credit: karen axelrad via flickr
(Photo: Karen Axelrad via flickr)

Global headlines this week are focused on U.S. military drone attacks in Pakistan. But a conference in New York last weekend addressed the myriad additional policy implications of a consumer-drone-dominated world.
Wish you could have been a fly on the wall for the first-ever Drones and Aerial Robotics Conference (DARC)? In a podcast broadcast by Drone U on Slate, meeting co-chair Christopher Wong, executive director of the Engelberg Center on Innovation Law & Policy at the New York University School of Law, recaps the top issues on the table there.
To back up: Drone U was founded by Nabiha Syed, a Yale Law School graduate and fellow of the Yale Information Society Project, whose family is from Pakistan, and Timothy Reuter, a drone maker and graduate of the Johns Hopkins School of Advanced International Studies who works in Washington as a senior advisor on international development issues. Their mission is to educate the public about the social, technological, and policy implications for a society in which unmanned aerial vehicles—a.k.a. drones—transform fields ranging from agriculture, to environmental conservation, to movie making, to journalism.
Indeed, Wong says “drones are about more than potential surveillance abuse and targeted killings.” The consensus among DARC-goers, he says, is that the “opportunity to guide law and policy around technology that has yet to arrive presents a real urgency for us to collaboratively shape the way drones are incorporated into our lives.” They say it will require a massively interdisciplinary approach.
The DARC crowd foresees a not-far-off future in which “networks of autonomous robots roam the skies, performing everything from law enforcement to communications, to crop dusting, shipping, and logistics.” Wong cites a Federal Aviation Administration estimate that there will be 30,000 unmanned aerial vehicles in American skies by 2020. “That’s the future that the aerospace industry, the government, and a new class of entrepreneurs are busy preparing,” he says.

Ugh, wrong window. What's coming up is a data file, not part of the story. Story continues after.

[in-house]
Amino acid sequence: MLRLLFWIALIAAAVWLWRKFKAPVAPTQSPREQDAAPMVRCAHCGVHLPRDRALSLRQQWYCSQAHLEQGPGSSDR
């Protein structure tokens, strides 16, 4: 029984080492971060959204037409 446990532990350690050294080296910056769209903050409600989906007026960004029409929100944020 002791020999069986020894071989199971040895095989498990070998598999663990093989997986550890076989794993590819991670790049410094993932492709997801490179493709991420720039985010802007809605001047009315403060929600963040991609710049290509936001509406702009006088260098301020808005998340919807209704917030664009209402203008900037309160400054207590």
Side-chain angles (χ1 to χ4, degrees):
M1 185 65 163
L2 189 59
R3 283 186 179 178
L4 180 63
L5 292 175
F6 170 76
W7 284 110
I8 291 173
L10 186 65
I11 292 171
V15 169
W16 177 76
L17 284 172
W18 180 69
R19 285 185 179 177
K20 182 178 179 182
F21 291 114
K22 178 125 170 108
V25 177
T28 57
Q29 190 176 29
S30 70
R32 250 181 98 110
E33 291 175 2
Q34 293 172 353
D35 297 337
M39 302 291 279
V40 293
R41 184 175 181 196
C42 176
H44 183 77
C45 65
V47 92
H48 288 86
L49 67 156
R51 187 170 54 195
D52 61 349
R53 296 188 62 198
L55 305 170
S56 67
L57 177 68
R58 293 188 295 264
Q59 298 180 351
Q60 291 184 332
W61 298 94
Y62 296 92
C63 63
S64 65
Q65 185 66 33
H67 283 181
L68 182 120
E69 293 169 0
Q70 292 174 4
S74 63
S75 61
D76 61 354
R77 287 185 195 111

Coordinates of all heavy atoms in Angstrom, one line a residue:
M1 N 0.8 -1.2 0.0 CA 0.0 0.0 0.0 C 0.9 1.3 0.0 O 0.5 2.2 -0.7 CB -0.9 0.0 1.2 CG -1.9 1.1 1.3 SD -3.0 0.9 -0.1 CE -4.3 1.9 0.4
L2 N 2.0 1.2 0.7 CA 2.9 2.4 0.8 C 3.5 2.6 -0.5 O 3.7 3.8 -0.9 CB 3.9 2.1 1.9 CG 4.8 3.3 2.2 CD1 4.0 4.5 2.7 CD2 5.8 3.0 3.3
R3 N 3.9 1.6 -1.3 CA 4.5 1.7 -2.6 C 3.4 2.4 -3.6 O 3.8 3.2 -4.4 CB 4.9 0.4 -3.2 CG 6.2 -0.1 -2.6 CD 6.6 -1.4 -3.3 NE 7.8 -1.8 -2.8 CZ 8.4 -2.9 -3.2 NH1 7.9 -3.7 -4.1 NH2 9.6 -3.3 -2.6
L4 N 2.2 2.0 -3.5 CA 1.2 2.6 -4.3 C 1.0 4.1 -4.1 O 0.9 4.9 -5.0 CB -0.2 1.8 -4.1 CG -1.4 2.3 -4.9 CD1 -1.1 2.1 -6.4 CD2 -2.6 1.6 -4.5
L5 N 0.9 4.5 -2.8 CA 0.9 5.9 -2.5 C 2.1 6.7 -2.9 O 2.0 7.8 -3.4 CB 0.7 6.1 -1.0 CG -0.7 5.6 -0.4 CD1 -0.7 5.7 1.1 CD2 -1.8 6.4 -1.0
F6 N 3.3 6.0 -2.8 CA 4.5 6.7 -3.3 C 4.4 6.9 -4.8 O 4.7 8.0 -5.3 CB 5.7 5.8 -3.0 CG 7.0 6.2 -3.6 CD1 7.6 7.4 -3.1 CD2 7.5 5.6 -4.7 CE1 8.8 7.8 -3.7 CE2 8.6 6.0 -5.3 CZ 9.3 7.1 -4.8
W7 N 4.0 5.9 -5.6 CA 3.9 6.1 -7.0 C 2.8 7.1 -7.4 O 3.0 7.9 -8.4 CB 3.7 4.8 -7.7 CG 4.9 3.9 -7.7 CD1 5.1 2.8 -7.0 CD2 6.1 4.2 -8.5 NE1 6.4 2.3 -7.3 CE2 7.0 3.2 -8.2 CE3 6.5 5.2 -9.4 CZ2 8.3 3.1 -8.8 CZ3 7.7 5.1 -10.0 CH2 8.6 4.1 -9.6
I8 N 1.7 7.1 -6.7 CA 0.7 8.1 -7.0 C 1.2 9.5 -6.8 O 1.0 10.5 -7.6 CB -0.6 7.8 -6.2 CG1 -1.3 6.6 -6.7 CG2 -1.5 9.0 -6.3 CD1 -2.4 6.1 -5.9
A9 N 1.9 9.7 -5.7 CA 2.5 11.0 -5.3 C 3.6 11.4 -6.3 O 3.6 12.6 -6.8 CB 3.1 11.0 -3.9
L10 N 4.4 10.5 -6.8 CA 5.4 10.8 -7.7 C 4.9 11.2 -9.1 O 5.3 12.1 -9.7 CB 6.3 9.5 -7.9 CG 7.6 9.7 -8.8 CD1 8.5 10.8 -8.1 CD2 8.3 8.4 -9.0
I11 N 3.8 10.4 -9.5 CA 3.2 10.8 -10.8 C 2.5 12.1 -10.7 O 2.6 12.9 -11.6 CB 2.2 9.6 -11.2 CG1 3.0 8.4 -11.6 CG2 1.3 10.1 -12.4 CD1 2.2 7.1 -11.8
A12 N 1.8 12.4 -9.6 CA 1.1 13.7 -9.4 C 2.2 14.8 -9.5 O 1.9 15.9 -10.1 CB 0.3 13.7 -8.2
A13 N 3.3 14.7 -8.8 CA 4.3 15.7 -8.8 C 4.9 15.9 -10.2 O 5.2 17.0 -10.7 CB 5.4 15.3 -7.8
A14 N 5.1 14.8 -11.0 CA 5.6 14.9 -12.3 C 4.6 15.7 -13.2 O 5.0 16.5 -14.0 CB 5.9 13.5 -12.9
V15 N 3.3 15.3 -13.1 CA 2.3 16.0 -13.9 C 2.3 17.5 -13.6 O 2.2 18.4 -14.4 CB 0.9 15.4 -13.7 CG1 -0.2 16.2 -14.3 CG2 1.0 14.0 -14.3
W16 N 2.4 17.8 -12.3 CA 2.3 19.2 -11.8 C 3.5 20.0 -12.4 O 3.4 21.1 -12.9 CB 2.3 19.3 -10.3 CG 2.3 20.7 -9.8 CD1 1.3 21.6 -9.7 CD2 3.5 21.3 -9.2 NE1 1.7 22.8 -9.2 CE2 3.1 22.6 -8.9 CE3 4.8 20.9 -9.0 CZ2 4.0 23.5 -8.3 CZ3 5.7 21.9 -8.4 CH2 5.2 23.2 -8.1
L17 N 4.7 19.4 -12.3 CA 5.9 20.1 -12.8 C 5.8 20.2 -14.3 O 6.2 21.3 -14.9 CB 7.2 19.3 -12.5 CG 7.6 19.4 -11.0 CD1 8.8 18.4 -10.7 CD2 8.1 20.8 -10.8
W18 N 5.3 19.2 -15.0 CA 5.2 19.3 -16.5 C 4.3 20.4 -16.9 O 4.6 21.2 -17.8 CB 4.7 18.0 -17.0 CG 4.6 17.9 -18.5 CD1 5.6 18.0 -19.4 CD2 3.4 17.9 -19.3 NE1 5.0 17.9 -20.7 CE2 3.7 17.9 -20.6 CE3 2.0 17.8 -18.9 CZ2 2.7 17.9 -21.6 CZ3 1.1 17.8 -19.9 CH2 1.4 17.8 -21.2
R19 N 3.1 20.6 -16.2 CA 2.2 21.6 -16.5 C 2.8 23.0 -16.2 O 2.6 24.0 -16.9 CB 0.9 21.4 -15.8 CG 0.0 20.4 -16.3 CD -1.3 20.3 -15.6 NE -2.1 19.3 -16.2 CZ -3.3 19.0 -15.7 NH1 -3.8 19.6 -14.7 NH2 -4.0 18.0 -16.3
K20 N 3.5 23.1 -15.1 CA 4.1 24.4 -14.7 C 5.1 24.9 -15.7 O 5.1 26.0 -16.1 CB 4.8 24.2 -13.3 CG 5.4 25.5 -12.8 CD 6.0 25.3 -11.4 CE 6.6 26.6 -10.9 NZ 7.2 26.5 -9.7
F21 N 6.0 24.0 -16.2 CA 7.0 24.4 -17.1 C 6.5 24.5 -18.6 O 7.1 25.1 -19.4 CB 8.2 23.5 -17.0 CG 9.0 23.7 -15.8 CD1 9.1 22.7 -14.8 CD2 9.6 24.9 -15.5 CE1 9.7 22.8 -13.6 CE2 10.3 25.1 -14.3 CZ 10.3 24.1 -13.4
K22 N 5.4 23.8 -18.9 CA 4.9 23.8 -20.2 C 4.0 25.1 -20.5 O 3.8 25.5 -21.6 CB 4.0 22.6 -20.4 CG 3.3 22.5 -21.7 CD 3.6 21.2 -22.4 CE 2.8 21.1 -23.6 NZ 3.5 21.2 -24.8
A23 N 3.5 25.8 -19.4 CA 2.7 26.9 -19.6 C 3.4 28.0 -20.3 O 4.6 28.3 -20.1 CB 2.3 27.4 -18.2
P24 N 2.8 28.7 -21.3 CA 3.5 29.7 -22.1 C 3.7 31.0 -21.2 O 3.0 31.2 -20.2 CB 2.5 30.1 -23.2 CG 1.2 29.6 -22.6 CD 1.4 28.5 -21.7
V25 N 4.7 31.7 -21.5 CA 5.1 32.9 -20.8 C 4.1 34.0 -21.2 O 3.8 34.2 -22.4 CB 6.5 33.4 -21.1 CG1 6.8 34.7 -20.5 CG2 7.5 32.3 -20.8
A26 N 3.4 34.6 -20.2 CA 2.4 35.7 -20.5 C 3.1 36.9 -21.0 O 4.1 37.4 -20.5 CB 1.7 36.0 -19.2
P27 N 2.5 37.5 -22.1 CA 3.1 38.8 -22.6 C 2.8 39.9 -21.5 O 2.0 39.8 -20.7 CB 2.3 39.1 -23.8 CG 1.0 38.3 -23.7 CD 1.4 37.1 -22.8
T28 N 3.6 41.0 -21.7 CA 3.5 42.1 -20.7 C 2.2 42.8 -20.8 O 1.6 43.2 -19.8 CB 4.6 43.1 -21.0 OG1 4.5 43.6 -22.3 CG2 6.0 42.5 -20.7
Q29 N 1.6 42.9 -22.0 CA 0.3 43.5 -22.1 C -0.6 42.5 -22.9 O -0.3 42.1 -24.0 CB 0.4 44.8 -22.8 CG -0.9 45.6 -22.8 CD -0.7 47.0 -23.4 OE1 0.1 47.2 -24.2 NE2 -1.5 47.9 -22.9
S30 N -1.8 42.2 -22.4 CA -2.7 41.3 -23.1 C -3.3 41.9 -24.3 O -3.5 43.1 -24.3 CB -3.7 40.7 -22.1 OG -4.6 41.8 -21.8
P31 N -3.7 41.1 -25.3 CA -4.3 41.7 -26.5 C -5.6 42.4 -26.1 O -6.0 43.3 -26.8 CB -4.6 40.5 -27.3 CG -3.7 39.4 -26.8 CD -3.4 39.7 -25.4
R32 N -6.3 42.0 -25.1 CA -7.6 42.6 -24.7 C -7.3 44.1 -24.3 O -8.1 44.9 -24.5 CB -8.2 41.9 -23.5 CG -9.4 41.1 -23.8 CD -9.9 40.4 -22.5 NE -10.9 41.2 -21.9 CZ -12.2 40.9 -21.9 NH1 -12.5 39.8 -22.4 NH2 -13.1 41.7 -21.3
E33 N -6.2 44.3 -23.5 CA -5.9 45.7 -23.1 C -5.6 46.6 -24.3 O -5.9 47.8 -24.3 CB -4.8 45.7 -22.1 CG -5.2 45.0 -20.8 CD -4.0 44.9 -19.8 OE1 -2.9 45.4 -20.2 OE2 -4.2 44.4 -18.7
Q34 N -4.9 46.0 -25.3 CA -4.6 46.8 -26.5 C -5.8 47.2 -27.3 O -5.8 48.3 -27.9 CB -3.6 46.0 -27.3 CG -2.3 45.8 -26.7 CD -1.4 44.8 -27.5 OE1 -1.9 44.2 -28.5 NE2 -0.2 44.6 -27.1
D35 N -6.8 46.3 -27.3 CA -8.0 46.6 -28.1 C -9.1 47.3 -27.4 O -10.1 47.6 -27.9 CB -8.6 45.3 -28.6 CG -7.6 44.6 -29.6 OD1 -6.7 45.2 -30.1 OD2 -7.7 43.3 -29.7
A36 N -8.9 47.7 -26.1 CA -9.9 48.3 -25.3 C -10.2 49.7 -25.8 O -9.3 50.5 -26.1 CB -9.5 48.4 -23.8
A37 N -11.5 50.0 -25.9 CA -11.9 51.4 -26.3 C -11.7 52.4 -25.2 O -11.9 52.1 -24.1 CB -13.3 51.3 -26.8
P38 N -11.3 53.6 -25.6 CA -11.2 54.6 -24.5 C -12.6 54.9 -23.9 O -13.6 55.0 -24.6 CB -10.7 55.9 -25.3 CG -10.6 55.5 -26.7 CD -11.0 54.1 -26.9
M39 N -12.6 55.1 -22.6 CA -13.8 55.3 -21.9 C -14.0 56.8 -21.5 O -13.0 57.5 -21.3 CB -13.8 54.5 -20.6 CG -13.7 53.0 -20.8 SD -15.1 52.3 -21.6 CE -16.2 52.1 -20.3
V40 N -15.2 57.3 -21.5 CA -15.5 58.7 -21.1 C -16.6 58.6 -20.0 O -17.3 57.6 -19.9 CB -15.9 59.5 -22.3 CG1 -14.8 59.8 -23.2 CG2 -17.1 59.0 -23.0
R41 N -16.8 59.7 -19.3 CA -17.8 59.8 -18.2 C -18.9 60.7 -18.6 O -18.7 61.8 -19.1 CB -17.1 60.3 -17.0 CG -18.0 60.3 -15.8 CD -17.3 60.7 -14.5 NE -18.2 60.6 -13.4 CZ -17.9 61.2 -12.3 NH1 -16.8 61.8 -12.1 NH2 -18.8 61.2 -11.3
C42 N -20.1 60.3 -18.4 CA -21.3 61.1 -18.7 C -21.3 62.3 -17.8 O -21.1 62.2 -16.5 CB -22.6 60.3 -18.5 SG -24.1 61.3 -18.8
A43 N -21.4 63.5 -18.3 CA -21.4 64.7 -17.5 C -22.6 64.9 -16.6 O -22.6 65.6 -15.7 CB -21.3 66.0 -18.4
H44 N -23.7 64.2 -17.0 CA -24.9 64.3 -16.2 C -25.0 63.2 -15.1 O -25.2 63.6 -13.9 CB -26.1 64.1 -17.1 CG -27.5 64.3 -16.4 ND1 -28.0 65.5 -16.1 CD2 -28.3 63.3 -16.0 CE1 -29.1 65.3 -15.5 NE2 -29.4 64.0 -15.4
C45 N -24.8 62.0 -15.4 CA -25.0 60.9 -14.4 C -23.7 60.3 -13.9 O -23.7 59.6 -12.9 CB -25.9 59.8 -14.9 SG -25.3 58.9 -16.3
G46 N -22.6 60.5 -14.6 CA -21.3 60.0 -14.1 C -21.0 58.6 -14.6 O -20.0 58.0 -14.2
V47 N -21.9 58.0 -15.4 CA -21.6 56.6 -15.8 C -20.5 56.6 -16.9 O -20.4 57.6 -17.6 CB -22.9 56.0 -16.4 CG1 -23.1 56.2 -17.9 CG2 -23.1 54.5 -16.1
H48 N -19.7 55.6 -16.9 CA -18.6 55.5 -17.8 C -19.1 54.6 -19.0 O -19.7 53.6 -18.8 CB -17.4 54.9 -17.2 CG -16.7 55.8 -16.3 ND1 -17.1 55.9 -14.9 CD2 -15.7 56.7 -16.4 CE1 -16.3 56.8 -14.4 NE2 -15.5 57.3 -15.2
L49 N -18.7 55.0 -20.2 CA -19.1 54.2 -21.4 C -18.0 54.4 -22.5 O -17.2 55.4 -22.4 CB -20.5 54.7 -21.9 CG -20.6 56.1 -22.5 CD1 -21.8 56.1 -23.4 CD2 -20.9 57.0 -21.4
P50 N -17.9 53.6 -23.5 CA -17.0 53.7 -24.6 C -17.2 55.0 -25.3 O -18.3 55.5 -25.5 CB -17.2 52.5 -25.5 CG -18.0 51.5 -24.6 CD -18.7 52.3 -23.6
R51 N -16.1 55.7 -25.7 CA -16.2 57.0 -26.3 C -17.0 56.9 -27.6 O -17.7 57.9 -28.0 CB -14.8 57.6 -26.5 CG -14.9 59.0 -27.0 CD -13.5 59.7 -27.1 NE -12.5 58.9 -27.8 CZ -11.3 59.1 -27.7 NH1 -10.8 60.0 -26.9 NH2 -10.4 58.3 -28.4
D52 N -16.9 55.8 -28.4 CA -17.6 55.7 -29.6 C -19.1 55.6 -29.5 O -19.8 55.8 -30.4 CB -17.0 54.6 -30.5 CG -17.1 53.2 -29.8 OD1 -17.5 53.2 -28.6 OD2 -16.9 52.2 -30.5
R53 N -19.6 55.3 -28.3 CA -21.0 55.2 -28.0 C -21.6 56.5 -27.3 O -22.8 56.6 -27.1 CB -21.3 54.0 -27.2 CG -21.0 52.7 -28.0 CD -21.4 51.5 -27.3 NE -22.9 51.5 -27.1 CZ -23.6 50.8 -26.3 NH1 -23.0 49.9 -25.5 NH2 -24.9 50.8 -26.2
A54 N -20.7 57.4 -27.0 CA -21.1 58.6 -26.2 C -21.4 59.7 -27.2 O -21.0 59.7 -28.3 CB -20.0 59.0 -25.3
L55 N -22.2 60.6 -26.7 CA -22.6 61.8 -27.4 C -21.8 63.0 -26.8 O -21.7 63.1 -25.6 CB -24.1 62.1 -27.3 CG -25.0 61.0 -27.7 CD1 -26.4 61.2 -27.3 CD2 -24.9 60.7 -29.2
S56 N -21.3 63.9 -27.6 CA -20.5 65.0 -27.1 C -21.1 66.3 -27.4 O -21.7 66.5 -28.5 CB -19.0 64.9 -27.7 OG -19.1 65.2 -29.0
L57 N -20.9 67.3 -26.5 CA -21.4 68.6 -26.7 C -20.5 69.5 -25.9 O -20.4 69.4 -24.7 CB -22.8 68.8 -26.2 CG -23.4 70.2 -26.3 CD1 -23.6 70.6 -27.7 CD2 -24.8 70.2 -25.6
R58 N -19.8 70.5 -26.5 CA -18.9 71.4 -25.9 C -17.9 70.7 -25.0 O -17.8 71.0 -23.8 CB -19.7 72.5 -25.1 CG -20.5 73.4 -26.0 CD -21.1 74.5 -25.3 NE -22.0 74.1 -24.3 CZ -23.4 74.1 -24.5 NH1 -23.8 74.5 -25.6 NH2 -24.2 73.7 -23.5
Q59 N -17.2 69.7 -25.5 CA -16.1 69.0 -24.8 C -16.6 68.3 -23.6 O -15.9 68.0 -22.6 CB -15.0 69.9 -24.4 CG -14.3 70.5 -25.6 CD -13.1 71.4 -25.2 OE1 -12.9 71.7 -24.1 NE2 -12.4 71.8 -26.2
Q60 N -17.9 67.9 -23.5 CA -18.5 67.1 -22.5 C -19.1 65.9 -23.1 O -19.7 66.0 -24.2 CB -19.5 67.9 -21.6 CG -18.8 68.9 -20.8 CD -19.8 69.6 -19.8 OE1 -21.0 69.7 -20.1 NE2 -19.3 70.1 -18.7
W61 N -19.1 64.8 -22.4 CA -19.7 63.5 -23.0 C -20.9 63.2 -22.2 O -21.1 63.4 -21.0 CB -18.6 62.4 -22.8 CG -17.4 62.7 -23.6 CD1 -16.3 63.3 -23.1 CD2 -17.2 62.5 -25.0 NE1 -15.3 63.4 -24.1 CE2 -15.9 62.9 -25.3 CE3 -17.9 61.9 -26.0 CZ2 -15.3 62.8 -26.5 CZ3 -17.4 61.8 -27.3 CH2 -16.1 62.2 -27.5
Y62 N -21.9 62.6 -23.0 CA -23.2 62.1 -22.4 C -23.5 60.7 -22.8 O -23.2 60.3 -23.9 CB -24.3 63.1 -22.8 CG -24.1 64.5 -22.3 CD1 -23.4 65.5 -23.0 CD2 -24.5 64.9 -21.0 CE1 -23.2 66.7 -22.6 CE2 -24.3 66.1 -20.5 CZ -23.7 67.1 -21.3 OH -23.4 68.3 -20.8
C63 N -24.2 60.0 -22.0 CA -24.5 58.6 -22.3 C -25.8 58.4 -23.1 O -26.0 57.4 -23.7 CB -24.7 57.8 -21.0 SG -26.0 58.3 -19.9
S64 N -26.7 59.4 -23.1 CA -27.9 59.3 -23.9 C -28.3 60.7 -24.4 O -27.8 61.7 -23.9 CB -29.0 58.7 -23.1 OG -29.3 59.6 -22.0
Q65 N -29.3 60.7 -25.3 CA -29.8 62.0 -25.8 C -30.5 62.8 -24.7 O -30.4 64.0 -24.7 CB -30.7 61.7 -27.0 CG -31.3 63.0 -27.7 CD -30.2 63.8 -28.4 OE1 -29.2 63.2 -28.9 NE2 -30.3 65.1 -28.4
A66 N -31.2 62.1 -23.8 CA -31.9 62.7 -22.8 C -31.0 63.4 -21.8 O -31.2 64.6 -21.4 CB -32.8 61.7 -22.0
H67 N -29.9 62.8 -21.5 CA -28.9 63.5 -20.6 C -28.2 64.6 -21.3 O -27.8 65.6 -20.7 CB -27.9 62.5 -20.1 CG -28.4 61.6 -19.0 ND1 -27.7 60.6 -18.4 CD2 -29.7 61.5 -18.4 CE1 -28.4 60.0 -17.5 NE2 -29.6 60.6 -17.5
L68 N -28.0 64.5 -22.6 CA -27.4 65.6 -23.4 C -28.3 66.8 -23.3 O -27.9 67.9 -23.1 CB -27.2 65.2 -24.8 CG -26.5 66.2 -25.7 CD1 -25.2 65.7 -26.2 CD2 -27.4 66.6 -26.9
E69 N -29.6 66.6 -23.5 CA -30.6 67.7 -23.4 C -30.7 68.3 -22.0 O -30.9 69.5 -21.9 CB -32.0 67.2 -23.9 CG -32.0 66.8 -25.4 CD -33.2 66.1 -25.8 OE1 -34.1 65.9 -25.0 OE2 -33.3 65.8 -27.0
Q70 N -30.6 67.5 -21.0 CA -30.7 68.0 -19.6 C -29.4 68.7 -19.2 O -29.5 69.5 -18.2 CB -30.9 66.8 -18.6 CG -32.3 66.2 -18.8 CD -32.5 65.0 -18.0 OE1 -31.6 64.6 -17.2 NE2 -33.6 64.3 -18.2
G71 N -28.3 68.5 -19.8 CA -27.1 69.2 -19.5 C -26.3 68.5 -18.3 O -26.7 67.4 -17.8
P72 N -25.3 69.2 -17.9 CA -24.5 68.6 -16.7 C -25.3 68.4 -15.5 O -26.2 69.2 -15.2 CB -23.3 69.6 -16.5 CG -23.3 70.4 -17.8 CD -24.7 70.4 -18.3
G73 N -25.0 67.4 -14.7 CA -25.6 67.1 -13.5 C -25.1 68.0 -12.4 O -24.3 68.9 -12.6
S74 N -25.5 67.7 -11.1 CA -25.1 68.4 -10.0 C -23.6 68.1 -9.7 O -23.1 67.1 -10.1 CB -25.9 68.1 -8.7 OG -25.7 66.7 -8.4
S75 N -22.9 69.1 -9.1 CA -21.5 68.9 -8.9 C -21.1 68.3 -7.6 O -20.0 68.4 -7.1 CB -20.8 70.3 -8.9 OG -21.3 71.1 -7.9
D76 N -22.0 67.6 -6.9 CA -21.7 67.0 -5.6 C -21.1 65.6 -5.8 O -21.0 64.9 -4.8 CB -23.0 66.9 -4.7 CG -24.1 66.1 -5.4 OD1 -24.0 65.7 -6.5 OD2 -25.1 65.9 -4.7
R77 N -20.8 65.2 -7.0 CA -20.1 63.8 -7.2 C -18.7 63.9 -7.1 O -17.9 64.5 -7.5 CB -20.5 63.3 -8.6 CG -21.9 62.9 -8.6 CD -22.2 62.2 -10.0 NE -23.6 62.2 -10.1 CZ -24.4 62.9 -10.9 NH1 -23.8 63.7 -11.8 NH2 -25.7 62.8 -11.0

The upsides are appealing: 100,000 new jobs, a transformation of industries, and an $82 billion contribution to the U.S. GDP by 2025, according to one industry association.
But Wong notes that regulators trying to craft rules for technology that could be equally applicable to Domino’s Pizza and the U.S. Air Force—and that anyone can obtain for around $100 on Amazon—are handicapped by a “severe experiential deficit.” What’s more, each agency with interests in drones—from NASA to NTSB to NOAA to U.S. Customs and Border Protection to the U.S. Patent and Trademark Office—has different priorities and expertise.
To help guide policy ahead of mainstream drone adoption, Wong and colleagues have established, an online resource for contributing to the legal and policymaking discussion about aerial robots. Among their top concerns: Privacy, especially related to the vertical airway over private and public spaces (will a homeowner have privacy rights against a neighbor’s drones hovering in the air above her backyard, for instance?); embedding ethical and social values into technical and functional specifications for drone design; technical design standards that ensure safety and sound drone engineering; how tort law “would work in a word filled with flying robots”; and protections for the multiple patented components and copyrighted software that run drones while the platforms become the next frontier for app developers.
Another topical discussion at DARC: How will we keep an eye on things that have an eye on us? Drone license plates?
Listen on Slate to Wong’s 12-minute podcast.